Skeptophilia (skep-to-fil-i-a) (n.) - the love of logical thought, skepticism, and thinking critically. Being an exploration of the applications of skeptical thinking to the world at large, with periodic excursions into linguistics, music, politics, cryptozoology, and why people keep seeing the face of Jesus on grilled cheese sandwiches.

Wednesday, August 14, 2019

Messages in our genes

Yesterday a friend and long-time loyal reader of Skeptophilia sent me a link to a bizarre claim from a couple of scientists in Kazakhstan tying together two of my favorite subjects: genetics and linguistics.

It's also a good opportunity to apply Betteridge's Law, which says that any headline that ends in a question mark can be answered "no."  The link was to a story in Ancient Origins entitled, "Are Alien Messages Encoded in our DNA?"  ("No.")

The gist of the claim is that the Earth was seeded early in its history by aliens, and that all terrestrial organisms have DNA sequences that encode messages from these aliens.  My first thought was that the scientists had mistaken the Star Trek: The Next Generation episode "The Chase" for a non-fiction documentary.

But apparently this isn't the case.  The scientists, Vladimir Sherbak and Maxim Makukov, claim that they've discovered a numerical pattern in DNA that is non-random (and presumably independent of the patterns dictated by its genetic information).  "Once fixed, the code [in our DNA] might stay unchanged over cosmological timescales," Makukov said. "Therefore it represents an exceptionally reliable storage for an intelligent signature...  Simple arrangements of the code reveal an ensemble of arithmetical and ideographical patterns of symbolic language.  Furthermore, it includes the use of decimal notation and logical transformations that are accurate and systematic."

Okay, I have a variety of problems with this.

First, the genetic problem.  There is no DNA sequence that stays "unchanged over cosmological timescales," with the exception of the very few sequences that are so strongly selected for that any mutation in them would kill the organism.  (An example is the gene for cytochrome c, which is nearly identical in every aerobic organism studied.)  Other sequences accrue mutations at a fairly steady rate, which is why (other than the noted exceptions) your DNA is different from that of a pine tree.  So if the aliens had dumped some meaningful sequence of nitrogenous bases into the primordial soup, the likelihood of the sequence surviving three billion years of random mutations is effectively zero.

Second, though, there's the linguistic problem, which boils down to "you can find a pattern in any string of symbols if there are no rules by which you analyze it, and the pattern could be anything."  I wrote about this all the way back in 2012, when a guy named Michael Drosnin claimed that if you mess around with the Hebrew text for the five books of the Torah, you can find passages that predict everything from the Holocaust to the assassination of Yitzhak Rabin.  Drosnin's method was completely bass-ackwards; he didn't have any particular message he was looking for, and used an algorithm that looked at every possible sequence of symbols (every other letter, every third letter, every fourth, etc.) until he found something that seemed meaningful.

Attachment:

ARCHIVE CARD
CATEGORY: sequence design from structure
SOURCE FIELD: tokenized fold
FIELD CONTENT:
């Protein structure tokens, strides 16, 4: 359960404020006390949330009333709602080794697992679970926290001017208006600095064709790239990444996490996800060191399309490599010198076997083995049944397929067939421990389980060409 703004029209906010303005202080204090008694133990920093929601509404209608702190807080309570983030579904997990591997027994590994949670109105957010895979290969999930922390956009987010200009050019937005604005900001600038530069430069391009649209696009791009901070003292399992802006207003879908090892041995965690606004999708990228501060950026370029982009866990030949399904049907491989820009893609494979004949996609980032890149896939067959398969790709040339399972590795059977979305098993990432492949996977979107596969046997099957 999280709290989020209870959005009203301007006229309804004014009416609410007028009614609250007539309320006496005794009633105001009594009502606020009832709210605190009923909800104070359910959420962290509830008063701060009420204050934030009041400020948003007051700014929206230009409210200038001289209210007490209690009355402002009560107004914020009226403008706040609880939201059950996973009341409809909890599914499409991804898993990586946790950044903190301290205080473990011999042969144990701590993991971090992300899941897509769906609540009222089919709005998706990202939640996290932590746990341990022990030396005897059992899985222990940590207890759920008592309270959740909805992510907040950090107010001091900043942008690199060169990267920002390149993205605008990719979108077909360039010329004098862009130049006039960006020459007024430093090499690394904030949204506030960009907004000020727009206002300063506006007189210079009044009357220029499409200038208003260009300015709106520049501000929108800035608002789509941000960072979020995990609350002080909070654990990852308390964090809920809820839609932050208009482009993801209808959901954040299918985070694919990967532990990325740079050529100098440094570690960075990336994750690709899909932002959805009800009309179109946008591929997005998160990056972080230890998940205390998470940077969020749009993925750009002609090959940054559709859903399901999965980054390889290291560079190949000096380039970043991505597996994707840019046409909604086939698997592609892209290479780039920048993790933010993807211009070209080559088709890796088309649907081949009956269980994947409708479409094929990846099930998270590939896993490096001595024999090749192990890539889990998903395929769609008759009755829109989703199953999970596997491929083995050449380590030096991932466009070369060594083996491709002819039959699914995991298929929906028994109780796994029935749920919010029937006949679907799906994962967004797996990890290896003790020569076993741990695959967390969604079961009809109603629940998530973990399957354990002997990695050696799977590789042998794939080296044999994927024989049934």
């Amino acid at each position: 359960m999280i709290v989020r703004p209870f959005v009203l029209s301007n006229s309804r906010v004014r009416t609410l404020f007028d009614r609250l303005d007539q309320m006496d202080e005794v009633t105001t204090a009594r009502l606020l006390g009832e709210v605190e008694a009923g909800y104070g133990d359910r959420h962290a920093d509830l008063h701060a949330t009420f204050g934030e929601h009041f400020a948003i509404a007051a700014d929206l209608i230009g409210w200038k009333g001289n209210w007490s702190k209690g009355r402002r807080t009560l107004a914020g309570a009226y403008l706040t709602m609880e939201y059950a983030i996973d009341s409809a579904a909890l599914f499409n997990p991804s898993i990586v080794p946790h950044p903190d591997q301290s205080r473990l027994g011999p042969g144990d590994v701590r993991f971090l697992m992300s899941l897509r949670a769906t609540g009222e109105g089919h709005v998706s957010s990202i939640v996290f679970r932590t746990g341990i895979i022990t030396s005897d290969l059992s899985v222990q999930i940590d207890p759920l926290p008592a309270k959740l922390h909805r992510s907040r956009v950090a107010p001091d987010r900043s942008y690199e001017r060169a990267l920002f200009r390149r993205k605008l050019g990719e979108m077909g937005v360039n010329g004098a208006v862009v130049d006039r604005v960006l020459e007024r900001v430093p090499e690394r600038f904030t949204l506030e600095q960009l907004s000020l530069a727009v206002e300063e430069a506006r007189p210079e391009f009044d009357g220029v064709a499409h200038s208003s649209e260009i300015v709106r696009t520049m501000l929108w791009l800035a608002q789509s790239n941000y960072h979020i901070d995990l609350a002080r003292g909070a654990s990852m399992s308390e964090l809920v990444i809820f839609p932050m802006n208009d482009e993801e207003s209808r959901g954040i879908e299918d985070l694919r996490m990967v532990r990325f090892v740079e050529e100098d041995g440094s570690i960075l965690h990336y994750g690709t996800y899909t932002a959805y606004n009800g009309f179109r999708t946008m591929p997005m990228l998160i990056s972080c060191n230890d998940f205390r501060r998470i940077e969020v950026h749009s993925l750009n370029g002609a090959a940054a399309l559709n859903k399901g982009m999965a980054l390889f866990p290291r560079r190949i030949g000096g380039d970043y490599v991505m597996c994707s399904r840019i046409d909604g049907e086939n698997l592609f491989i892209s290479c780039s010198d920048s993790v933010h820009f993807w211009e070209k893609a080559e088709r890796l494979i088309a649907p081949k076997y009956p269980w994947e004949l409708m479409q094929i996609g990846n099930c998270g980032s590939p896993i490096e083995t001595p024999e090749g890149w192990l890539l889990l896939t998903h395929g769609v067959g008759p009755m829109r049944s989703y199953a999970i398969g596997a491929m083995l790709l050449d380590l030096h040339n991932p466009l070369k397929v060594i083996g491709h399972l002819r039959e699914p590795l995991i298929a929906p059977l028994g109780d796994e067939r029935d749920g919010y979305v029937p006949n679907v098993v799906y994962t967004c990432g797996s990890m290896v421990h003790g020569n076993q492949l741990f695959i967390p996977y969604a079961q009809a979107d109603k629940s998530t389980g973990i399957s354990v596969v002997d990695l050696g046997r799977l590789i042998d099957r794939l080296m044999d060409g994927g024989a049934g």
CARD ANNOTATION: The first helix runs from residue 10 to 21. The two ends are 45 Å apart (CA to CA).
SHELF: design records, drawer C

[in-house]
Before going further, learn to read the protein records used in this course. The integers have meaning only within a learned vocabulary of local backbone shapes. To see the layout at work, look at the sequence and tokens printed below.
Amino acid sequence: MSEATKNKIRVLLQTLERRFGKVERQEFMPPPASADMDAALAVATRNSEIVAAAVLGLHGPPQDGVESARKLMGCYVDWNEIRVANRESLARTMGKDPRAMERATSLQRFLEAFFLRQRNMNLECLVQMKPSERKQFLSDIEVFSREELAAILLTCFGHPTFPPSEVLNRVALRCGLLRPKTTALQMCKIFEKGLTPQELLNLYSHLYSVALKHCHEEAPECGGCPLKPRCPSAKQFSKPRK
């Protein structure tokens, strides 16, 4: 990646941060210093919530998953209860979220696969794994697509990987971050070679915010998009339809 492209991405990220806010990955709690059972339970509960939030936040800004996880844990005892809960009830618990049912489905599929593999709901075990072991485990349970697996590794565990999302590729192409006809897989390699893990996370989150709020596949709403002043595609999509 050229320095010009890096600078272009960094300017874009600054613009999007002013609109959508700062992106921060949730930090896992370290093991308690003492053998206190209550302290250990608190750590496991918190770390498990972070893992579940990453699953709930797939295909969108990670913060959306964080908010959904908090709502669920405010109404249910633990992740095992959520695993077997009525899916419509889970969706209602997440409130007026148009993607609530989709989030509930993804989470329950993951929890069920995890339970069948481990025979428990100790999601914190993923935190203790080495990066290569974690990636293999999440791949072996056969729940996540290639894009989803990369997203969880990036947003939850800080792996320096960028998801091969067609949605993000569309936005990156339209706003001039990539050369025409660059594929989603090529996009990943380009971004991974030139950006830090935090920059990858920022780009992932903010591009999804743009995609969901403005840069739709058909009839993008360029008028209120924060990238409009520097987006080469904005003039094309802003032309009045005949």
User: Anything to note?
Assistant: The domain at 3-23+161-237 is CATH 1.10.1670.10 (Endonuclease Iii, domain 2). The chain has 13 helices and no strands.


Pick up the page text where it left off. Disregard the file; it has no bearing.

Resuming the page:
Then mathematician Brendan McKay showed that he could do exactly the same thing with the novel Moby Dick.  And I don't think Drosnin, or anyone else, thinks that Moby Dick was divinely inspired.

So for a variety of reasons, the claim by Sherbak and Makukov doesn't really hold water.  Our DNA does contain an important message -- the instructions for building every protein we make -- but that doesn't mean that it was put there by aliens, nor that there's any other message there waiting to be found.  As always, I'm fascinated enough with the science; I don't need any pseudoscientific gobbledygook to add seasoning to the mix.


This week's Skeptophilia book recommendation is sheer brilliance -- Jenny Lawson's autobiographical Let's Pretend This Never Happened.  It's an account of her struggles with depression and anxiety, and far from being a downer, it's one of the funniest books I've ever read.  Lawson -- best known from her brilliant blog The Blogess -- has a brutally honest, rather frenetic style of writing, and her book is sometimes poignant and often hilarious.  She draws a clear picture of what it's like to live with crippling social anxiety, an illness that has landed Lawson (as a professional author) in some pretty awkward situations.  She looks at her own difficulties (and those of her long-suffering husband) through the lens of humor, and you'll come away with a better understanding of those of us who deal day-to-day with mental illness, and also with a bellyache from laughing.

[Note: If you purchase this book using the image/link below, part of the proceeds goes to support Skeptophilia!]

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